How to Care for a Fig Tree Indoors
The indoor fig tree (Ficus) is one of the most common house plants in the world. The tree flourishes in tropical and temperate climates when grown outside as a patio or yard specimen. When grown indoors, the tree offers ideal hardiness and ease of care. The fig tree became a popular houseplant in the 1950s. Estimates claim there are over 800 species currently available, with 2,000 varieties in total. When grown indoors as a house plant, the fig tree will normally attain a height of 5 feet.
Plant the fig tree in well-drained potting soil. The tree enjoys a 50-percent peat moss mixture with a 50-percent potting soil. A large-sized fig tree that stands around 4 to 5 feet tall will do best if placed in a pot that is at least 10 inches or larger.
Place the fig tree in a sunny location. A south-facing window is ideal. The plant can also be grown under a skylight with ease.
Water the fig tree weekly. Keep the soil moist but not water-logged. The fig tree will enjoy a light, weekly misting with a handheld sprayer on its foliage. This helps remove dust and keep the plant healthy.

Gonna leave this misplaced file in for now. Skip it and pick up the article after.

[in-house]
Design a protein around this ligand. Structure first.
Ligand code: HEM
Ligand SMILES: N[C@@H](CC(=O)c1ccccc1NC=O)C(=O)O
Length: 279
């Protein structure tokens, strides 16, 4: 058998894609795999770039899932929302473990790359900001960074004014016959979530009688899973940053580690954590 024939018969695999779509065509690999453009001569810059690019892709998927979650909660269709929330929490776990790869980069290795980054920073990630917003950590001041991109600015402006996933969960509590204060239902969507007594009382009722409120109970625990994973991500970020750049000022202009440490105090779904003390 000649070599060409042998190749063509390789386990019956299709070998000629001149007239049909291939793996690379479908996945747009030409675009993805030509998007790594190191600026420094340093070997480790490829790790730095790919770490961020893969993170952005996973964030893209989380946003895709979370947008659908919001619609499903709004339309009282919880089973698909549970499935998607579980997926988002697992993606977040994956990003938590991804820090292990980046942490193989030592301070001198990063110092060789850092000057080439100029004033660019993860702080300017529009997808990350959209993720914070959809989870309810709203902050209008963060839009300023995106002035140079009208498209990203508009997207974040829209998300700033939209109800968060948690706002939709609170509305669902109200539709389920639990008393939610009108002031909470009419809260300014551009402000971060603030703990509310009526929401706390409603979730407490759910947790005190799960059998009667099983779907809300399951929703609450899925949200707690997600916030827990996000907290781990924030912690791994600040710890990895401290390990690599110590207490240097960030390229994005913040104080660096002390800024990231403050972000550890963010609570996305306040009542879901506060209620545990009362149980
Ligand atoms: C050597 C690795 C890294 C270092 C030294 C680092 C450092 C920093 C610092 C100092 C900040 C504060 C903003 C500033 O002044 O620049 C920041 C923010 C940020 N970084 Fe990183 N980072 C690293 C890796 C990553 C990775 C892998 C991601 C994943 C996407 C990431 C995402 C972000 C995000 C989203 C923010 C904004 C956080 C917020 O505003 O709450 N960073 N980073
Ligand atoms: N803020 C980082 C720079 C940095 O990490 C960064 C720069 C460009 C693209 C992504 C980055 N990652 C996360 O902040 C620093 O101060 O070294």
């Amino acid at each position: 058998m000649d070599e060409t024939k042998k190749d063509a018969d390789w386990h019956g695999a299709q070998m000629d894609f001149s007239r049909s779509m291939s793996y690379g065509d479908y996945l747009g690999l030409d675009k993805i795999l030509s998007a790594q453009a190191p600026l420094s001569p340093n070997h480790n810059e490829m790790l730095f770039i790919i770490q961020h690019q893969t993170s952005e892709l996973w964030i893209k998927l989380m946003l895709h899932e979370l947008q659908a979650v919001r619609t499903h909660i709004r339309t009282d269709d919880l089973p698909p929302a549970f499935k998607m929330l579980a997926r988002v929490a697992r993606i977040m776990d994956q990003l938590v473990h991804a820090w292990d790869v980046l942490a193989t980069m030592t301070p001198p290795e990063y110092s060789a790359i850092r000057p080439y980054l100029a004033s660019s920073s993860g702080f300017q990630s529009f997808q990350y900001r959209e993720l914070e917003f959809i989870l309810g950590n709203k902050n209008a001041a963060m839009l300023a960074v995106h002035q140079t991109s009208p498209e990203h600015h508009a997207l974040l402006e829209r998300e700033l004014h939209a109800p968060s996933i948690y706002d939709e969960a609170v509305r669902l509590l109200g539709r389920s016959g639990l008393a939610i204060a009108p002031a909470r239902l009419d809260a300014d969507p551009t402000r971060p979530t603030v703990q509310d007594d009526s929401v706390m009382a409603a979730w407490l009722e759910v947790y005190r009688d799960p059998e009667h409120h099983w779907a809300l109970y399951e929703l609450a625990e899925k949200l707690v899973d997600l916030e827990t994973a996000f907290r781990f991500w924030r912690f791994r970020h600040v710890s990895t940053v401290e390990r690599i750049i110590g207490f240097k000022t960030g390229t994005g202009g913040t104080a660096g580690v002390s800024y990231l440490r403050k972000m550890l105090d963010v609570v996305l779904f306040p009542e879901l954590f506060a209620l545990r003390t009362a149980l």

Fertilize once a month during spring and summer using a 20-20-20 balanced fertilizer. Follow the directions on the label for application instructions.
Place the ficus away from cold drafts. The ideal indoor temperatures is between 68 to 85 degrees F. Never subject the ficus to a temperature below 40 degrees F.
Grow Fig Trees Indoors
Fig tree (Ficus benjamina) can be grown outside or indoors as a houseplant. Other common names for this plant include Benjamin fig, weeping fig and ficus tree. Remove the fig tree from its current pot by pressing on the pot from outside to loosen the roots and dirt. Place the plant in an area that receives medium to bright light. Start in the spring when you notice new growth. Prune your plant as you see fit to control the size and shape that you prefer it to be. Use small pruners to trim off top growth just above a leaf node or leaf scar. The scale is hard to see because the insects blend in with the bark of the plant, but they will appear as small bumps. Or put the entire plant in the shower and use room temperature water to wash it if you don’t have the patience and would like to clean it more quickly.
The fig tree rarely requires repotting. The tree enjoys being root bound.
The fig tree often drops its leaves when under stress, but once it adjusts, new leaves will grow to replace the old.
- The fig tree rarely requires repotting. The tree enjoys being root bound.
- The fig tree often drops its leaves when under stress, but once it adjusts, new leaves will grow to replace the old.
- 20-20-20 fertilizer
- 10-inch pot
- Handheld sprayer
- Peat moss
- Potting soil
- Ficus Tree: Ficus Tree Care
- Denver Plants: Weeping Fig
- Purdue University: Indoor Plant Care
- University of Minnesota Extension: Rubber Trees, Weeping Figs and Other Friendly Ficus: Deborah Brown
- University of Nebraska and Lincoln Extension: Weeping Fig, Ficus Benjamina
- University of Vermont: Ficus Benjamina: Dr. Leonard Perry